Our Philosophy

The Emergency Department as the Center of the Institution

The ED is a high volume, demanding care environment. Regulatory and reporting requirements are multiplying. Patients are more complicated and their demand for service quality improvement continue to rise. The existing primary care infrastructure is generally insufficient to move patients out of the ED, and we anticipate that recent national trends of increasing ED visits will continue with further implementation of the Patient Protection and Affordable Care Act (PPACA) Despite these challenges, the value-based health care changes that we are already beginning to see will broaden and deepen over the next 5-10 years and force additional change at almost every Emergency Department in the country. Fifteen years ago, an ED could quietly function as an island and was often viewed by administrators as a “loss leader.” The role of the ED is rapidly expanding, and many EDs now find themselves with multiple hospital and community requests for integration into new care processes. Emergency Departments sit in a unique position to coordinate care between community health resources and the in-patient world. Hospitals need their EDs to become more population aware and value-based.

The Emergency Department Model

There are many components of ED infrastructure. These are skills and resources that MedPAQ believes are critical for a successful emergency department regardless of current performance or the perceived timeline for improvement. Most of the infrastructure components are self-explanatory, but others require some comment. Culture is taken in a broad sense and encompasses issues of accountability, transparency, safety and improvement. Complexity and resourcing involves assessing the mission of the department and matching it with the appropriate resources.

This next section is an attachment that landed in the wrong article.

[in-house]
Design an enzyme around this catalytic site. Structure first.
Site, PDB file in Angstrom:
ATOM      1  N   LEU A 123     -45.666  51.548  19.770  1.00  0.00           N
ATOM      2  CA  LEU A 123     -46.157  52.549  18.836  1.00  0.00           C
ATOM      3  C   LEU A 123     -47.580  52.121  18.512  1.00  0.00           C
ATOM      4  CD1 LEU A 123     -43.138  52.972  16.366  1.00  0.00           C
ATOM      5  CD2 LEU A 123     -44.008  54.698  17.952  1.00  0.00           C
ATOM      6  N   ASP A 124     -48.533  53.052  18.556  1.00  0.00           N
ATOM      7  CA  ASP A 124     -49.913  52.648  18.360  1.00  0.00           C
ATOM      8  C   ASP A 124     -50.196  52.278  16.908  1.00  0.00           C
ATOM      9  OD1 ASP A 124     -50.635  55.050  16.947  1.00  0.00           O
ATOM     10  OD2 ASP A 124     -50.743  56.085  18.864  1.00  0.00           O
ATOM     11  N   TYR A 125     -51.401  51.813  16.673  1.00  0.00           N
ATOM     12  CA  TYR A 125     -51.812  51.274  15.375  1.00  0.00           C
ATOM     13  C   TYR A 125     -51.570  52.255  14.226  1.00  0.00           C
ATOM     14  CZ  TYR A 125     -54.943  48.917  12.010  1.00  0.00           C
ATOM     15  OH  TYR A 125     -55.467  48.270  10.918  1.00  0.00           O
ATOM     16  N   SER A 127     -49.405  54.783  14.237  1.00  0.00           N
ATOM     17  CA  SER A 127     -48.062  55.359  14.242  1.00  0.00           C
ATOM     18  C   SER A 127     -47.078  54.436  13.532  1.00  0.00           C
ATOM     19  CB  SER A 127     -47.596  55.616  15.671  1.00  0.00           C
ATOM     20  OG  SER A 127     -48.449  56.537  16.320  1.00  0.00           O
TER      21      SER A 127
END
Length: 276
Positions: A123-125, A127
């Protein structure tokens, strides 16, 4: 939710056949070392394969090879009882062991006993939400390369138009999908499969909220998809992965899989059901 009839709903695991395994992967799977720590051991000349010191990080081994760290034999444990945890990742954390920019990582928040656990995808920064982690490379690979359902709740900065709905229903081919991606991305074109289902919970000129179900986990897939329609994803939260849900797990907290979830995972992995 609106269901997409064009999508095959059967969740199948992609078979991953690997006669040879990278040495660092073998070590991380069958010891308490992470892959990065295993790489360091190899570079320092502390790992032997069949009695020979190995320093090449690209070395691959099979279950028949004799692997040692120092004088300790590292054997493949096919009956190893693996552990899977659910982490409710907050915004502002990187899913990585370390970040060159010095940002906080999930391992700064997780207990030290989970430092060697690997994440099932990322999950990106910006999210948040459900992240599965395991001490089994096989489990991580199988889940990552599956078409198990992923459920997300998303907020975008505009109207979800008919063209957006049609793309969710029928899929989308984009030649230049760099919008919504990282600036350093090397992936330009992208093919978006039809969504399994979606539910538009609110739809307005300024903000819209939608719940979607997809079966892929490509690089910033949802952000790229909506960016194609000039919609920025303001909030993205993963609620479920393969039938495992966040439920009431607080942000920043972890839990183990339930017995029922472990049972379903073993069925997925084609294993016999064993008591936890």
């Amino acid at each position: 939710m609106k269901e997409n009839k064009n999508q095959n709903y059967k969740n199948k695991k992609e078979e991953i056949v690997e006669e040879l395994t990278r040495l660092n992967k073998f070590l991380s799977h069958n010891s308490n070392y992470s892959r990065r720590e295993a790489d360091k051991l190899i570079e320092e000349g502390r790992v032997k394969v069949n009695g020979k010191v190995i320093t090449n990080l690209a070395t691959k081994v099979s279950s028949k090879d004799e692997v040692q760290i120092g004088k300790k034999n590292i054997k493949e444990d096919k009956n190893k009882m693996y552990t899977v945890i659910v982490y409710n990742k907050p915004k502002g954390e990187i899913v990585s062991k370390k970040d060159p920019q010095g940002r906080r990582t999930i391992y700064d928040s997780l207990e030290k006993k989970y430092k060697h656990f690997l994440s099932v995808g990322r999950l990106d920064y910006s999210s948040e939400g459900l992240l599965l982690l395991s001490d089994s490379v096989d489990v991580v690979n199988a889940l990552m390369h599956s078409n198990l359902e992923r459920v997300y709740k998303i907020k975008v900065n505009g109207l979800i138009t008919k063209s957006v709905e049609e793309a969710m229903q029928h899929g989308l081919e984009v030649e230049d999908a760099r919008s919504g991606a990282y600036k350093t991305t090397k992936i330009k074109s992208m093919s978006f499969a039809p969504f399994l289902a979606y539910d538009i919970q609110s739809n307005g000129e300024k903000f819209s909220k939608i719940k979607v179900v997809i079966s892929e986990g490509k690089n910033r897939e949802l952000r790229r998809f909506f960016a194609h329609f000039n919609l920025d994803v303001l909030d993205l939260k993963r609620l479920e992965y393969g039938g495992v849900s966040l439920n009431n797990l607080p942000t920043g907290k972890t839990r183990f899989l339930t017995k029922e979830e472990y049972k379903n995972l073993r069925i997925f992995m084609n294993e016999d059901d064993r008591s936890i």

MedPAQ believes there are several core competencies that the emergency departments must measure, improve and report in order to serve their patients better and thrive in a value-based healthcare world. Best Practice and value focuses on standardization around evidence-based clinical bundles and pathways, with an emphasis on bringing the right care to the right patient at the right time. Patient Safety requires a strong cultural foundation and solid systems engineering skills. Customer Service and Patient Flow anchor the focus on the patient experience. Hub Function recognizes the position the emergency department holds in the health of its community. Finally a desirable and professionally satisfying workplace must be maintained over the long term.

Physicians as Leaders: Culture change is one of the hardest things for an institution to accomplish. Will be very difficult to achieve and sustain if providers and staff feel like it is “being done to them” – change will not be sustainable unless it is led by the ED itself. Emergency Physicians are leaders of ED, and it MedPAQ firmly believes that EPs must be the driving force behind change in the ED. Emergency Medicine Physician leadership needs to include every physician on every shift, and our focus is primarily on engaging EPs early on by helping them understand the need for change and embracing that challenge.

MedPAQ also believes that the ED can not go it alone. Meaningful change will only occur with support from the institution, and we recognize that change initiatives must be led and supported by 3 key personnel: The ED Physician medical director, the ED Nurse Manager, and a C-suite level lead administrator. These 3 pillars must share a common vision for the ED, and all agree on how to achieve that vision. Additionally, these 3 people must be regularly involved in all change initiatives that involve the ED.